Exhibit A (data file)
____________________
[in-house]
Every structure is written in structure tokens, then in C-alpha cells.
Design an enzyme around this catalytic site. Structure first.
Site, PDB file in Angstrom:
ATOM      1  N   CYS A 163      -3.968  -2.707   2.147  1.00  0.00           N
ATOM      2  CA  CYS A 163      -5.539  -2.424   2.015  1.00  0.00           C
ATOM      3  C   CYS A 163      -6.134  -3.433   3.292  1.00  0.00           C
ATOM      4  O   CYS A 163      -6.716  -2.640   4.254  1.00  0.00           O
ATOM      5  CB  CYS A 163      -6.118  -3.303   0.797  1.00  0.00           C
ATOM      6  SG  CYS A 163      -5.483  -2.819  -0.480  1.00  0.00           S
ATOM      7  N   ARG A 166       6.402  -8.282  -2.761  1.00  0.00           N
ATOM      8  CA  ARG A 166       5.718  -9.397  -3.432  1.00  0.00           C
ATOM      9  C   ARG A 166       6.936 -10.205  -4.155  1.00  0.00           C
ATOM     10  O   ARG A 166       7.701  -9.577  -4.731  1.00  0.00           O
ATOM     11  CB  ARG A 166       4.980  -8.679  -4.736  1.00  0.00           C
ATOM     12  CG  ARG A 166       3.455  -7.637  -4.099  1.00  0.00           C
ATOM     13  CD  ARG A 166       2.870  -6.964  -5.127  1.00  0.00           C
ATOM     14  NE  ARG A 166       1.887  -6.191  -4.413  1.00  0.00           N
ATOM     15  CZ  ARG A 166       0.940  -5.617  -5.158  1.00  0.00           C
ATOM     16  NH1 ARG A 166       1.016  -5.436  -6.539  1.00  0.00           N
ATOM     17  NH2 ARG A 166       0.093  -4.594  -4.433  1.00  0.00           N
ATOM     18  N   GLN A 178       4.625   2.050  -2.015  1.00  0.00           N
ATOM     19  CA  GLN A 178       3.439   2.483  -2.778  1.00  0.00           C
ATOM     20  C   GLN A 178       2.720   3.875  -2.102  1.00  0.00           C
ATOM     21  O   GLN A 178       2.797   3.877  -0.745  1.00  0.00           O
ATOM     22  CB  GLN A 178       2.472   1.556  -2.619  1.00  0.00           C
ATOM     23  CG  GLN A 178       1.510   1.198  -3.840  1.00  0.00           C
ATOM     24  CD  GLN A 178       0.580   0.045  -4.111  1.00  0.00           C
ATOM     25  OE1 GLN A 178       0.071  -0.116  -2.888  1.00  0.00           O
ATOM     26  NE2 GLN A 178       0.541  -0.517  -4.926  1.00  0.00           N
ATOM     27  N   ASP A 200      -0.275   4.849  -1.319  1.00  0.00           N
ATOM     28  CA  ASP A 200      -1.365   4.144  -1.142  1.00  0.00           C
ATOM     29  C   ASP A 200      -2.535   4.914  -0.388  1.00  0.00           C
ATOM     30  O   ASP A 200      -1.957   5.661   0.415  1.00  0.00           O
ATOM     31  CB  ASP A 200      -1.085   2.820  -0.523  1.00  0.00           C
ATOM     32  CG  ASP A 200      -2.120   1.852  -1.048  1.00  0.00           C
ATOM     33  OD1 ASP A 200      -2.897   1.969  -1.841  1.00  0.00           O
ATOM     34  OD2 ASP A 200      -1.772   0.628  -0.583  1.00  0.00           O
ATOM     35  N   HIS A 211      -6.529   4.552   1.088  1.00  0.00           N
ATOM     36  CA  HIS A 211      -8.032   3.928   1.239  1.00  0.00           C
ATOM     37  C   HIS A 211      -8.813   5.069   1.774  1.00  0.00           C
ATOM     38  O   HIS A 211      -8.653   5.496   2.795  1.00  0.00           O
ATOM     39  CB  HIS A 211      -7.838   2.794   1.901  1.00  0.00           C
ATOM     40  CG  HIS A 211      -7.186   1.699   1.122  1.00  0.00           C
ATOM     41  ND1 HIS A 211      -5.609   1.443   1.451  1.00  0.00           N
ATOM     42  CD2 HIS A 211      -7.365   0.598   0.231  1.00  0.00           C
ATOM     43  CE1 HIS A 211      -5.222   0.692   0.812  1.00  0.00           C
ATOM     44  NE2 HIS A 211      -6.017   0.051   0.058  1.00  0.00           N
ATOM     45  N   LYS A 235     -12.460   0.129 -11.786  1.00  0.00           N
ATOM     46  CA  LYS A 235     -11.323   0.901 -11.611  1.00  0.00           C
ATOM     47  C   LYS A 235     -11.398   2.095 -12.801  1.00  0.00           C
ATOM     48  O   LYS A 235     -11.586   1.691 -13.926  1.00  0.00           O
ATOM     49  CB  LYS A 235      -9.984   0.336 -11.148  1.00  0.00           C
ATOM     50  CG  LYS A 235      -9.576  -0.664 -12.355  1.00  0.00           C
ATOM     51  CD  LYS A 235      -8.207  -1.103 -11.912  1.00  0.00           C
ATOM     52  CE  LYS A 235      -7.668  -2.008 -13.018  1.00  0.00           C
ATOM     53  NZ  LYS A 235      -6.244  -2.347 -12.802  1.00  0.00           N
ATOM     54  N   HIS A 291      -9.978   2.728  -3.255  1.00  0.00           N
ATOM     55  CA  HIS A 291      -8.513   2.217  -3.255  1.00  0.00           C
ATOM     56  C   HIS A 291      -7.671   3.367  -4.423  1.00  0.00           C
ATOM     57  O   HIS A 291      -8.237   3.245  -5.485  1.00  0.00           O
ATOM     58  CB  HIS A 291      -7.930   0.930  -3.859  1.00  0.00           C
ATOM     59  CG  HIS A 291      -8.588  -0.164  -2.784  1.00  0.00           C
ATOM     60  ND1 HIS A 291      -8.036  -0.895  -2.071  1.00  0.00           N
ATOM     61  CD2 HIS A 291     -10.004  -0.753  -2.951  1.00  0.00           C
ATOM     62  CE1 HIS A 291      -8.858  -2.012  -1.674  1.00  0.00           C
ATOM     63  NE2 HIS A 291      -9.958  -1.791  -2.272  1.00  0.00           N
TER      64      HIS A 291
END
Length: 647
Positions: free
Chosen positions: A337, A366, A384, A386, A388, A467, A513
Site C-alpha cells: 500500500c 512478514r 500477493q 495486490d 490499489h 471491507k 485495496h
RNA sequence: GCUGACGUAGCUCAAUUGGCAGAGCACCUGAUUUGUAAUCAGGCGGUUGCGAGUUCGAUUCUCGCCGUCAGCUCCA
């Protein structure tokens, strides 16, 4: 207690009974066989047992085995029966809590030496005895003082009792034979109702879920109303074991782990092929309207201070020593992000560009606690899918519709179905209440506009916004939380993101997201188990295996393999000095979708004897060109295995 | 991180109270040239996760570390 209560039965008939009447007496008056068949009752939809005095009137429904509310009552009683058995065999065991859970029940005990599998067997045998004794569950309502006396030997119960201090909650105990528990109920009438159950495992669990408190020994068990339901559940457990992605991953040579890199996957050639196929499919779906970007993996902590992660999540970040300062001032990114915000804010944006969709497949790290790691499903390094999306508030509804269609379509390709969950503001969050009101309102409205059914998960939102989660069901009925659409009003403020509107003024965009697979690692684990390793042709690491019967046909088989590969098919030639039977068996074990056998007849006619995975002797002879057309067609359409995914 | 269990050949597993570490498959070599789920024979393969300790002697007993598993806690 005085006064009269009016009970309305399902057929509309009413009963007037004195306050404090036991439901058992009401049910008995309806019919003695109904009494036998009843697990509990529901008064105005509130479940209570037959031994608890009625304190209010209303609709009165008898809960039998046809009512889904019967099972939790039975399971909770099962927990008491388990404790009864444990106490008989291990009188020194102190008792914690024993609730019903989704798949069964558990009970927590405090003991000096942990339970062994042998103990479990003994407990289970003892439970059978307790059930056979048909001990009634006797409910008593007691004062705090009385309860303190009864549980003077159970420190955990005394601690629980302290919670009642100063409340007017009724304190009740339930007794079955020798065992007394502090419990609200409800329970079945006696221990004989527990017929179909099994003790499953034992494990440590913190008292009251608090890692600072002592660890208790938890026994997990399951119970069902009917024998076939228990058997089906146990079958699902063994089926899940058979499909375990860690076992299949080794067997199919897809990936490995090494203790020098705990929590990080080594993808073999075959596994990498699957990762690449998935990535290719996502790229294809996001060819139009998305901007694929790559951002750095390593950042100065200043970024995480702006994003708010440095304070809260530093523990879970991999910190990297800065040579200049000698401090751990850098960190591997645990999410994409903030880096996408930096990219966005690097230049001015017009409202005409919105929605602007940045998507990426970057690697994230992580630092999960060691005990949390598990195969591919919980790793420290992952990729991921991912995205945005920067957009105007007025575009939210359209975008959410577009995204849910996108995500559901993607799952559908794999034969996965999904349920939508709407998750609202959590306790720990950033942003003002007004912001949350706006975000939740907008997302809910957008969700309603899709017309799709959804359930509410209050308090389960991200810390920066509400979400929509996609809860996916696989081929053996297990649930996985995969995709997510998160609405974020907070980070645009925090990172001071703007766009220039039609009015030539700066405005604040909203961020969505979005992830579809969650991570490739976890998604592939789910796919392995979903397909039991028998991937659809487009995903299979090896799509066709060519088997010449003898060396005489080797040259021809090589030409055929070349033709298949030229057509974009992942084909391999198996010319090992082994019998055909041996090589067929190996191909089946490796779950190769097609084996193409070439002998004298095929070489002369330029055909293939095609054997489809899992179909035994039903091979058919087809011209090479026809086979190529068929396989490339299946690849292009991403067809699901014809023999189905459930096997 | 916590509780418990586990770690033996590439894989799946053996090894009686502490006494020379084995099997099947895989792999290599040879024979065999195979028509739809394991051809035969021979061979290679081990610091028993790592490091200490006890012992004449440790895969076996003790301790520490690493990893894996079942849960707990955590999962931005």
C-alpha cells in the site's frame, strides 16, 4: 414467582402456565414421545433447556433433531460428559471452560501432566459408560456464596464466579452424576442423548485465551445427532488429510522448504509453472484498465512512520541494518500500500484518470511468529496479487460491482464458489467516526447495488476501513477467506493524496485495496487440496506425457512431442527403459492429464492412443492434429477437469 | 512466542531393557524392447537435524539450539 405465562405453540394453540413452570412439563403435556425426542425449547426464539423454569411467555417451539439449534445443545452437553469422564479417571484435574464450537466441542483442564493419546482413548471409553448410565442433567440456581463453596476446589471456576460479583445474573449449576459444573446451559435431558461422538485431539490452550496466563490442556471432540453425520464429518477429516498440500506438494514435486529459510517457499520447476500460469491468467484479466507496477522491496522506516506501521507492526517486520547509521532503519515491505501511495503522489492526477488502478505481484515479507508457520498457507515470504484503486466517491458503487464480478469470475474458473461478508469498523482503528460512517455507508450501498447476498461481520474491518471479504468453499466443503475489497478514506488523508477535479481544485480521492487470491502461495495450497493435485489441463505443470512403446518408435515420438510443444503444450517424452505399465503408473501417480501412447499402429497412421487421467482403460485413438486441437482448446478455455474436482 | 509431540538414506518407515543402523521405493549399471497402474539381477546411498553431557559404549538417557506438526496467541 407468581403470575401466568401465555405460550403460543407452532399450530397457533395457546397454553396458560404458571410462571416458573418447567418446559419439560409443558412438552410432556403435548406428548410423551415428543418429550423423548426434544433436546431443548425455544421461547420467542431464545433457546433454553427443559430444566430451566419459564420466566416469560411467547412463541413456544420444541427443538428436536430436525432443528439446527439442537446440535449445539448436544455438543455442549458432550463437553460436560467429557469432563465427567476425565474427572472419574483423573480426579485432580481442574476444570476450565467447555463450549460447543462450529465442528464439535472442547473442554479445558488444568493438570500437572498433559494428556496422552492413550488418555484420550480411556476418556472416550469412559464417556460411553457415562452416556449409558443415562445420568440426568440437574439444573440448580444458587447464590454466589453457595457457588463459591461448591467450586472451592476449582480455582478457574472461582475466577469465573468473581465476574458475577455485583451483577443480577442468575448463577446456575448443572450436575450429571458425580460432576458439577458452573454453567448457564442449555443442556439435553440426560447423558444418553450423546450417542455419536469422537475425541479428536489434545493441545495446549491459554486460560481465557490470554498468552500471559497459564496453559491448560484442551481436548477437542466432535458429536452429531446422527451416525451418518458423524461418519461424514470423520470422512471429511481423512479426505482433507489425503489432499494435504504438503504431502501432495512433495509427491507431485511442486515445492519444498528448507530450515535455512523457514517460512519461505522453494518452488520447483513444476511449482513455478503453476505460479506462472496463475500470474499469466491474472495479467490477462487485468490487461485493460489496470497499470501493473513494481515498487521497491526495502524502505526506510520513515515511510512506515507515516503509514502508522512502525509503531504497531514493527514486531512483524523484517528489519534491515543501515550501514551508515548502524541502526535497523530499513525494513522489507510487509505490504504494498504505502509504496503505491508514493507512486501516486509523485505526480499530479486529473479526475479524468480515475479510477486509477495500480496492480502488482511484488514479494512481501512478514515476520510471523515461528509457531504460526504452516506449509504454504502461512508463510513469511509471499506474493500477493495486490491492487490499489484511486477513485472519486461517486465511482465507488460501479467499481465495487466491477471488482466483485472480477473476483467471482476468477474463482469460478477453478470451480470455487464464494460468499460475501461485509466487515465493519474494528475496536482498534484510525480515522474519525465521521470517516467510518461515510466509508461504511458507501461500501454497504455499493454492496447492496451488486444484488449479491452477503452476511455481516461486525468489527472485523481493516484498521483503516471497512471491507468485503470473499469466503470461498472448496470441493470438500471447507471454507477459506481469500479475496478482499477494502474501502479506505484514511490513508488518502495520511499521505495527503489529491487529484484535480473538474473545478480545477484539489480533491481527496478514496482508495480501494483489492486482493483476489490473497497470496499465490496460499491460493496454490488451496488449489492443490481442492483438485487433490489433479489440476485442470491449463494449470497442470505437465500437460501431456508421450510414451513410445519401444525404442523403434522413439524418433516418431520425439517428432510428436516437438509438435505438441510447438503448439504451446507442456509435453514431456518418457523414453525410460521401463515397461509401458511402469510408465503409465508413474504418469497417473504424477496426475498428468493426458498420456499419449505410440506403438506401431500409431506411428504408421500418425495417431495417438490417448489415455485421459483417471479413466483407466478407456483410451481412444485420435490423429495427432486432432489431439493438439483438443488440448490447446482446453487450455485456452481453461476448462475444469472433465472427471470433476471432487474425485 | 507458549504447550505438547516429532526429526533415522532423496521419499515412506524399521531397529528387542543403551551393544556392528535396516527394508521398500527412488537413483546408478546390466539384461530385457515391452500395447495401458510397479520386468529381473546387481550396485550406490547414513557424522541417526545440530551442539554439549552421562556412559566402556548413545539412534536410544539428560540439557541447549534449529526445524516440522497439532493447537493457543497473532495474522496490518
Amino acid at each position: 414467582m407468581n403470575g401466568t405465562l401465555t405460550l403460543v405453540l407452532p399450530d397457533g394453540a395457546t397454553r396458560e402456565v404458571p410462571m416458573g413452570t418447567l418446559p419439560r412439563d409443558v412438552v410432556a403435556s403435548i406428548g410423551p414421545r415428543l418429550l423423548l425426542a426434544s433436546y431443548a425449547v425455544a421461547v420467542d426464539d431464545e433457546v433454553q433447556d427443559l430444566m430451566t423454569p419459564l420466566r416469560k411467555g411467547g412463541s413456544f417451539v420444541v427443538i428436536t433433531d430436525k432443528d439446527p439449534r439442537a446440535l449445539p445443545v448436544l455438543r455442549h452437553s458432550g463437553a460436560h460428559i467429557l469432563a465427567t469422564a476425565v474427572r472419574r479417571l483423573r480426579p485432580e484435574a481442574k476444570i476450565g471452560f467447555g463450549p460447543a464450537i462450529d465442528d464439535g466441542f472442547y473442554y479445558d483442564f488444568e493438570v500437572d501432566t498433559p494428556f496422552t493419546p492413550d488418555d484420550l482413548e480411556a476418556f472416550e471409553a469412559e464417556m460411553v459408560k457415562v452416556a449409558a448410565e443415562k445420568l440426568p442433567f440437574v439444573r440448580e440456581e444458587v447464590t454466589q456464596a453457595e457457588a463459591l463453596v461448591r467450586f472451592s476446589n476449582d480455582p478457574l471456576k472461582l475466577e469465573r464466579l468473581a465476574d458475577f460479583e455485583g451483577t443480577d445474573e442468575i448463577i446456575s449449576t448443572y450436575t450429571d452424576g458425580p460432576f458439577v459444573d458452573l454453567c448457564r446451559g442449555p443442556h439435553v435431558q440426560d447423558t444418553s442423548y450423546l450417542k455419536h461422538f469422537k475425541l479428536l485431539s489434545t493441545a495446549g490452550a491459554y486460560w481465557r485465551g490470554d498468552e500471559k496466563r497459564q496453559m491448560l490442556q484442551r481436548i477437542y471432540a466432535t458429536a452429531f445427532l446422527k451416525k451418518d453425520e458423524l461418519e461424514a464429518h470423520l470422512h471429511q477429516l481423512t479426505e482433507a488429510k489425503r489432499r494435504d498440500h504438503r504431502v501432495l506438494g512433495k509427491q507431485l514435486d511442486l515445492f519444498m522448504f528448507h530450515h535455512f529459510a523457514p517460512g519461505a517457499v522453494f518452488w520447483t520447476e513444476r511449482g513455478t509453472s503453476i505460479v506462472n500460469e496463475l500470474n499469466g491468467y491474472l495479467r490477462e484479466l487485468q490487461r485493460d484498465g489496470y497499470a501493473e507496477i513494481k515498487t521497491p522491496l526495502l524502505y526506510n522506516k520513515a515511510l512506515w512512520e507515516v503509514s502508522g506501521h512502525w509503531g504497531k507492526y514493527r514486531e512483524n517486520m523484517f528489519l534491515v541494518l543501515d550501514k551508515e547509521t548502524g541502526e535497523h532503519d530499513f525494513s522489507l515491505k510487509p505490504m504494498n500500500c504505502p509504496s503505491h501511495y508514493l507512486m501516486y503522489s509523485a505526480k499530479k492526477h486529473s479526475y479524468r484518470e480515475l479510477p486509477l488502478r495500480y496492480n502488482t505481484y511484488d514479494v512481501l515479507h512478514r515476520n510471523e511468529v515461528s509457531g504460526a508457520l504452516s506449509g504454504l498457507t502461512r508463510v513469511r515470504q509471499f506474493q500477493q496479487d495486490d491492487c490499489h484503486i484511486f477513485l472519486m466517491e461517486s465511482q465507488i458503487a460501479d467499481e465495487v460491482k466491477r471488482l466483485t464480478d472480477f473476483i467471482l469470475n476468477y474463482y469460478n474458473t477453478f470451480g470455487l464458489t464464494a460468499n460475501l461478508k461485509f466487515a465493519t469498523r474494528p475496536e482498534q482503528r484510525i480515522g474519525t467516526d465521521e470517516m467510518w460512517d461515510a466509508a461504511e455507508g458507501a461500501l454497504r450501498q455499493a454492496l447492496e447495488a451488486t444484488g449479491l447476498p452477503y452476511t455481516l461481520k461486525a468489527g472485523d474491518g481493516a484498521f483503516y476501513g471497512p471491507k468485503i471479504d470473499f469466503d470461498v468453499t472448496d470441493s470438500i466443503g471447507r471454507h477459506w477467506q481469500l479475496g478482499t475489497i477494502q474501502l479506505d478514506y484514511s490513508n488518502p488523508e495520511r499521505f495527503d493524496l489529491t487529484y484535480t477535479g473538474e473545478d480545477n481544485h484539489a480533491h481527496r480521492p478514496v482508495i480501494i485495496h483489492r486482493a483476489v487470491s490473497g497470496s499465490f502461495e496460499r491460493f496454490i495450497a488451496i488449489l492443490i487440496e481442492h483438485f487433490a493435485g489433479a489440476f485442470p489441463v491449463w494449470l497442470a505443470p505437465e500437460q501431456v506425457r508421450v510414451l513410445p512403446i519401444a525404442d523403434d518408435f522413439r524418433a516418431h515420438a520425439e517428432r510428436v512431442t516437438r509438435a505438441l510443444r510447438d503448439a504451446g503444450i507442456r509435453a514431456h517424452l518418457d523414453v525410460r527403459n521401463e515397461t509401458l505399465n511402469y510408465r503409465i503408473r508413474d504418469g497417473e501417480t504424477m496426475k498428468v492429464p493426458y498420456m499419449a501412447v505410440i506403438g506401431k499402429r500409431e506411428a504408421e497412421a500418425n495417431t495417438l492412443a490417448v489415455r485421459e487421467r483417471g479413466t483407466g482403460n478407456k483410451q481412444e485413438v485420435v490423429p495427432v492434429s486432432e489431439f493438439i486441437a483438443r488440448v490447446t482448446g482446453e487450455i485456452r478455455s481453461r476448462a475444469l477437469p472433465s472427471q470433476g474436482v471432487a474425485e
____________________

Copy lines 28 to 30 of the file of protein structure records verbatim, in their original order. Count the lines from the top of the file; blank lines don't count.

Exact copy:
ATOM     24  CD  GLN A 178       0.580   0.045  -4.111  1.00  0.00           C
ATOM     25  OE1 GLN A 178       0.071  -0.116  -2.888  1.00  0.00           O
ATOM     26  NE2 GLN A 178       0.541  -0.517  -4.926  1.00  0.00           N